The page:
Time is a force to be reckoned with. It is uncaring and relentless. It cares not for the worries of man. The problems of the individual fall to the wayside as the needs of the masses move ever forward. You can swim against the river of time or you can help forge the path. Either struggle against or go with The Flow of History.
How it Plays
The Flow of History is a card based game that has players guiding their respective civilizations from the agrarian age to the modern. Whoever has accumulated the most culture by game’s end will be the winner. But before learning how the game plays, it’s important to know a couple of things about the cards themselves.
There are six types of cards categorized by color. Whenever you gain a card you will add it to a stack in front of you arranged by type/color. Each card will have at least one production symbol on it as well as an effect written out in the middle. When a new card is placed over an existing one, it will overwrite the previous effect, but leave the production symbols showing.
Every player starts with a single card in their civilization and 4 resource tokens. The rest of the cards are placed in a deck arranged by ages. Cards are drawn off the deck and placed in the middle of the table to comprise the market. Players take turns taking a single action until the deck is depleted. Whoever has accumulated the most culture at this time will be the winner.
There are five actions you can take, though you can only do one per turn. You can Invest in a single card in the market by placing your pawn on a card that has not been invested in by anyone else and placing any number of resource tokens, as well. You can only invest on a single card at a time and you cannot move your investment later.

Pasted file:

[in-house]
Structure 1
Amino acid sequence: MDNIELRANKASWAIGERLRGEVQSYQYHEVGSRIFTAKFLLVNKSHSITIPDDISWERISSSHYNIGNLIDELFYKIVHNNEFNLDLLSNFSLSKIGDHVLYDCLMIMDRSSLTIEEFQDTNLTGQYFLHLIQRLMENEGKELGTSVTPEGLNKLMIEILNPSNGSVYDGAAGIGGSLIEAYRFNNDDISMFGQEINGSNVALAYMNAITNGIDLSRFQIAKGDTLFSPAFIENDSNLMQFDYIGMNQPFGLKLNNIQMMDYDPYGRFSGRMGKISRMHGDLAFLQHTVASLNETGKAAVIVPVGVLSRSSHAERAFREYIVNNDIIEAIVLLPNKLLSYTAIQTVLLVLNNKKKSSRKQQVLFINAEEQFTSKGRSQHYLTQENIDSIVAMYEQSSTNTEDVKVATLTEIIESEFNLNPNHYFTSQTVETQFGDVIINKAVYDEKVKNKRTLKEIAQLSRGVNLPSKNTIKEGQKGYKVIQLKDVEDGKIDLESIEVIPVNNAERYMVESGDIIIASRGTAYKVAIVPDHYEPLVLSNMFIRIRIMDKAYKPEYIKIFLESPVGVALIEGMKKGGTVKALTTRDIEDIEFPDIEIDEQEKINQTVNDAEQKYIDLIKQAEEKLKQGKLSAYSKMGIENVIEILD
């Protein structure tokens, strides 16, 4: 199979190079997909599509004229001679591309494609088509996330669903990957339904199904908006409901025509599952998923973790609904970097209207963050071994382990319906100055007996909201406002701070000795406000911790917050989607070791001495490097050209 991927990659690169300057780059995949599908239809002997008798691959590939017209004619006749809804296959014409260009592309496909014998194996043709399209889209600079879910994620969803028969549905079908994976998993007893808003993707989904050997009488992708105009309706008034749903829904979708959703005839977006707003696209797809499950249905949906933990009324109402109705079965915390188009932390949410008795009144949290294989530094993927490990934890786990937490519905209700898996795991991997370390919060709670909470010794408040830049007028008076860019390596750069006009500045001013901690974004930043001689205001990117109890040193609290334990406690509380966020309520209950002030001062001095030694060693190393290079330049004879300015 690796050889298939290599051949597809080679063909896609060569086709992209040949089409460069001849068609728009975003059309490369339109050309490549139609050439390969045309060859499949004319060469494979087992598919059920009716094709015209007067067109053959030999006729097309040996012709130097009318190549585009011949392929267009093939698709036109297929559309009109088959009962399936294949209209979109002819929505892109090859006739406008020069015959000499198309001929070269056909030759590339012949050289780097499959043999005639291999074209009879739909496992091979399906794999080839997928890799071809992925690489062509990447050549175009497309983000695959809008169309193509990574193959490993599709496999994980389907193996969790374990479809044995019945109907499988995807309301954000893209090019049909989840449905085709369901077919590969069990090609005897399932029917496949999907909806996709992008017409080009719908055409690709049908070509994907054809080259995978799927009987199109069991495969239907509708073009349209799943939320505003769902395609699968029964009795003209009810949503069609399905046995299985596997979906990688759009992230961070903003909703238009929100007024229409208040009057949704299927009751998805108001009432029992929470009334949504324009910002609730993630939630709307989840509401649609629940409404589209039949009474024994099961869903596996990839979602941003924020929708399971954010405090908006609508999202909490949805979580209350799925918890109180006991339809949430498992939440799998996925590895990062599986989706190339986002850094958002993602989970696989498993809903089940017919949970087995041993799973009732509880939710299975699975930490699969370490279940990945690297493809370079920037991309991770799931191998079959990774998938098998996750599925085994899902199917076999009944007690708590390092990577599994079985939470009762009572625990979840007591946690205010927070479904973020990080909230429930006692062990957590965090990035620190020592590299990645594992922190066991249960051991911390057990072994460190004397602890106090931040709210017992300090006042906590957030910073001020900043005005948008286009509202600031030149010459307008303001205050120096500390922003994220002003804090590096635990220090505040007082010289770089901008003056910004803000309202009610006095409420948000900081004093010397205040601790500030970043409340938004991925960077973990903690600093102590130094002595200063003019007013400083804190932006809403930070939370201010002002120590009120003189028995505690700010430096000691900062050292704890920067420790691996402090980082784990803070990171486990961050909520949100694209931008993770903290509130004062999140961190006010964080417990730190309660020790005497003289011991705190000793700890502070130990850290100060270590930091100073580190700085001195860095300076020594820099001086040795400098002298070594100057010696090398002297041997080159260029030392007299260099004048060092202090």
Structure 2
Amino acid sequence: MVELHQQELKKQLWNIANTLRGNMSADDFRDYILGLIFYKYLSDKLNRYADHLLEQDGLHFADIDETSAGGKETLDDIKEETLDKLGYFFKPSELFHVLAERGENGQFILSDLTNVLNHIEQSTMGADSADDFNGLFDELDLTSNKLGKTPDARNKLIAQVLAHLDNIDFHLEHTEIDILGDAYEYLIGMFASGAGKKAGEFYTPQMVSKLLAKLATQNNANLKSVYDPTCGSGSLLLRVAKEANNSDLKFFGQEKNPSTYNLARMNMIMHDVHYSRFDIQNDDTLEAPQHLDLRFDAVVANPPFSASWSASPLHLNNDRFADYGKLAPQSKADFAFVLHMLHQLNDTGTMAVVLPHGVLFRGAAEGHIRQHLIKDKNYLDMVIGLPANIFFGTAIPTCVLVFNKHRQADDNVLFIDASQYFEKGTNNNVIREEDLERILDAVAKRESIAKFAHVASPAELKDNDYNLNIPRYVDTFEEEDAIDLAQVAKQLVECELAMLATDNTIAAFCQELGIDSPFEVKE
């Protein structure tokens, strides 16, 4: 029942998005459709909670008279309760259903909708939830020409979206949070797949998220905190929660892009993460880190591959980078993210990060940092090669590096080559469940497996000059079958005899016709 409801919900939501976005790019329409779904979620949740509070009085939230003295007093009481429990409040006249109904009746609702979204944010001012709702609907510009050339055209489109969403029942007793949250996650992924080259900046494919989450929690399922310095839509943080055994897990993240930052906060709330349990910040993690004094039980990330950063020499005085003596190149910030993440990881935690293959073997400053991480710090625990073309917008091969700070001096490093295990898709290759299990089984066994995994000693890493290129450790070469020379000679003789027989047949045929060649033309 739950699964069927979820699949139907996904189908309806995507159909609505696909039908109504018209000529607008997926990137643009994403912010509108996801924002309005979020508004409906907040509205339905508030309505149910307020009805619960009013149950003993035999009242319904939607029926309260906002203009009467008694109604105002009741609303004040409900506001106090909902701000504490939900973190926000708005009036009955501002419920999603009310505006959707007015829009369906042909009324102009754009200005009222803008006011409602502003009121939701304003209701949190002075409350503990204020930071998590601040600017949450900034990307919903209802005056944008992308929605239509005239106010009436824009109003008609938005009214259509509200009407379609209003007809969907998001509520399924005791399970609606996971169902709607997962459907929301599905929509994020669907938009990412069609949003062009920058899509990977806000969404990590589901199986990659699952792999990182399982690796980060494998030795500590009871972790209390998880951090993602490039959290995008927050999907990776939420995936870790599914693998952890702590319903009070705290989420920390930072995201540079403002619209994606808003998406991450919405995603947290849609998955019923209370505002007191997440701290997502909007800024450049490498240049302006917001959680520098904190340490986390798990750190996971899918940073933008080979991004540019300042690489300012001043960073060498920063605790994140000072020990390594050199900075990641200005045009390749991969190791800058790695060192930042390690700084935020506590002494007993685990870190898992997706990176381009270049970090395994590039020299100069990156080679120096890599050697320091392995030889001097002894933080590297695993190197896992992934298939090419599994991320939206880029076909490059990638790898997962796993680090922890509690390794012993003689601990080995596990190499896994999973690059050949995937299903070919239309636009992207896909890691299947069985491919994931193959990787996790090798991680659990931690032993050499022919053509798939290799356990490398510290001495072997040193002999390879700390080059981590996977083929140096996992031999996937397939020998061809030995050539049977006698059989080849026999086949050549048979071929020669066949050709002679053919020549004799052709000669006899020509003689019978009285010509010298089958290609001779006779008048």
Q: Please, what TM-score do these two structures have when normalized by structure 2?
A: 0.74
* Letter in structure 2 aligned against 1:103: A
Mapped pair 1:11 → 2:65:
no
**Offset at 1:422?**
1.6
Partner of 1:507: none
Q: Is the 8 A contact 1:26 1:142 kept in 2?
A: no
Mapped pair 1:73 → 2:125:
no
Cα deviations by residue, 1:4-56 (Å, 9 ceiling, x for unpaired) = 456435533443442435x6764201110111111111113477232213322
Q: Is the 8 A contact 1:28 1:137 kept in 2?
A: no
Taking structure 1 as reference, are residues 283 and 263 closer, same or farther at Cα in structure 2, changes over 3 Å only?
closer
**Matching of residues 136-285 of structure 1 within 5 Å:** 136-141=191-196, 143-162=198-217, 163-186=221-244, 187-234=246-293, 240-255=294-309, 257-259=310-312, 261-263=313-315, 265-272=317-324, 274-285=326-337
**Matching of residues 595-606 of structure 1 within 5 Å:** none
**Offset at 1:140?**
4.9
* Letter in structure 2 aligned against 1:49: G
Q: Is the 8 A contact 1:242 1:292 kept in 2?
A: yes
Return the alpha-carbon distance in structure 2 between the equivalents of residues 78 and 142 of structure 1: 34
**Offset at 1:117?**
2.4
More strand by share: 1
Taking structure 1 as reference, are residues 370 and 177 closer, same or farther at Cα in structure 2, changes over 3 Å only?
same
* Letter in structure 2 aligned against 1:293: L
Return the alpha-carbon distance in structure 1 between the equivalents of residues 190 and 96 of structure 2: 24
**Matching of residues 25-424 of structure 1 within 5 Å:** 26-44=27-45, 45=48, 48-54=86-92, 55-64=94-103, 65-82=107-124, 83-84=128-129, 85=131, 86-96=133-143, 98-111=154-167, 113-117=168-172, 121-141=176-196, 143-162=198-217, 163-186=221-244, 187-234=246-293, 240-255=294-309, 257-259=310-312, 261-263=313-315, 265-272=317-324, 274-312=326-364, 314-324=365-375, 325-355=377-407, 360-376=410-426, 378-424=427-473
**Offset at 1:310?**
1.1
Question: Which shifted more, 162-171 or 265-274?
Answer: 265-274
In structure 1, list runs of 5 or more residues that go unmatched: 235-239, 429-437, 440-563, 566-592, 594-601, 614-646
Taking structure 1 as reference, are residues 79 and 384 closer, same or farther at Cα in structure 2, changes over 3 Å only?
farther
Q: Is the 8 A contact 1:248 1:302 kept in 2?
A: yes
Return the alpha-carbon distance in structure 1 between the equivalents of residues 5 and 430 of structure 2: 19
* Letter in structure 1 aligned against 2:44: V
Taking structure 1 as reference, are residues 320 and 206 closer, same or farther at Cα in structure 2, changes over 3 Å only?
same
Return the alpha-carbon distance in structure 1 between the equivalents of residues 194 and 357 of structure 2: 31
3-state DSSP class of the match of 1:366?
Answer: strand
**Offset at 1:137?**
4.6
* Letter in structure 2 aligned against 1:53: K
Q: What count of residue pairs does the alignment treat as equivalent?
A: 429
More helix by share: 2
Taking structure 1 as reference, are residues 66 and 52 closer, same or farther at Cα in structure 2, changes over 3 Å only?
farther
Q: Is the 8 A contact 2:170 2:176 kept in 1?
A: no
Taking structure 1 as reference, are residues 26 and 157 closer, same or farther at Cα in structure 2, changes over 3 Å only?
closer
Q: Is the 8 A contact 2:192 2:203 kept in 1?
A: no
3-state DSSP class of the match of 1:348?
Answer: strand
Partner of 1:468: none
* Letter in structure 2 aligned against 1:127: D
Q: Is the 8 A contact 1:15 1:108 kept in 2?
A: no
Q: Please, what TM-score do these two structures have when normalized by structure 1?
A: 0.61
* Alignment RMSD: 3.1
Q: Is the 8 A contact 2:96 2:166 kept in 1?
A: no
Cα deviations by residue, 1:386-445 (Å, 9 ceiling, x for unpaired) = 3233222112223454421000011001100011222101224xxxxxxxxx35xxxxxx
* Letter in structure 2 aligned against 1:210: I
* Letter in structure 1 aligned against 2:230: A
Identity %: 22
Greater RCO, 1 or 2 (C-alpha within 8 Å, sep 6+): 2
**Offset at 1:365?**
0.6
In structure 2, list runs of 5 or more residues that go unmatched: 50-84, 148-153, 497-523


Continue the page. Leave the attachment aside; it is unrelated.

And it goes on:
You can Complete a previously invested card by taking your pawn back and moving the resource tokens on the card to the supply. Then you you check your civilization for productions icons that match the bonus on the just completed card and take a resource from the supply for each match. Then you add the card to your civilization and carry out any effects that card may have.
Sniping is a way to add a card to your civilization without first investing. You choose a card that another player has already invested in and pay that player the same amount of resources that they invested. The resources on the card are then placed in the supply and the player who was sniped gets half of the resources in the supply while you get the card.
If you’re low on resources, you might consider Harvesting. First, add a number of resources to the supply from the box equal to the number of harvest icons you have. Then you take half of the resources from the supply.
Finally, some cards have special actions on them. Simply follow the instructions as printed on the card and hope it leads to victory.
History in a Deck
My interest in civilization games actually started in video games with series like Sid Meier’s Civilization, Endless Legend and Sins of a Solar Empire. These are grand, hour-consuming affairs that are notorious for their ability to incite one-more-turn-itis, the compulsive need to keep playing even though it’s 3:00 in the morning and you have to go to work in four hours. It’s the constant treadmill of new discoveries and achievements that keep me playing. Whether it’s inventing the wheel or discovering diamonds, it’s the constant revelation of the unknown that keeps things exciting and keeps me coming back. And while I enjoy these experiences, they take dozens of hours to complete and playing with other people is cumbersome, not to mention an epic commitment of time.
So with my affinity in mind, I must admit to being disappointed with the board games that I’ve played that try an recreate the video game experience on the table. I have, however, been more impressed with games that take a different spin on the civilization genre rather than try to recreate their digital counterparts. I’ve been much more pleased with games like Patchistory than something like Clash of Cultures. The scope of a digital civ game is so vast and grand that attempts to capture them in board game form have let me down. The sprawling tech trees, varied terrain and sheer amount of units and civilizations is hard to compete with. And that’s why The Flow of History intrigued from the onset. Trying to capture civilization building and a modestly sized deck of cards? Now that’s different.
So does The Flow of History manage to cram an epic civilization building experience into a box the size of book? Not entirely. It’s more of an engine building, combo seeking, bidding game with civilization window dressing. And that’s OK. Actually, it’s more than OK. It’s quite a bit of fun once your expectations are in line.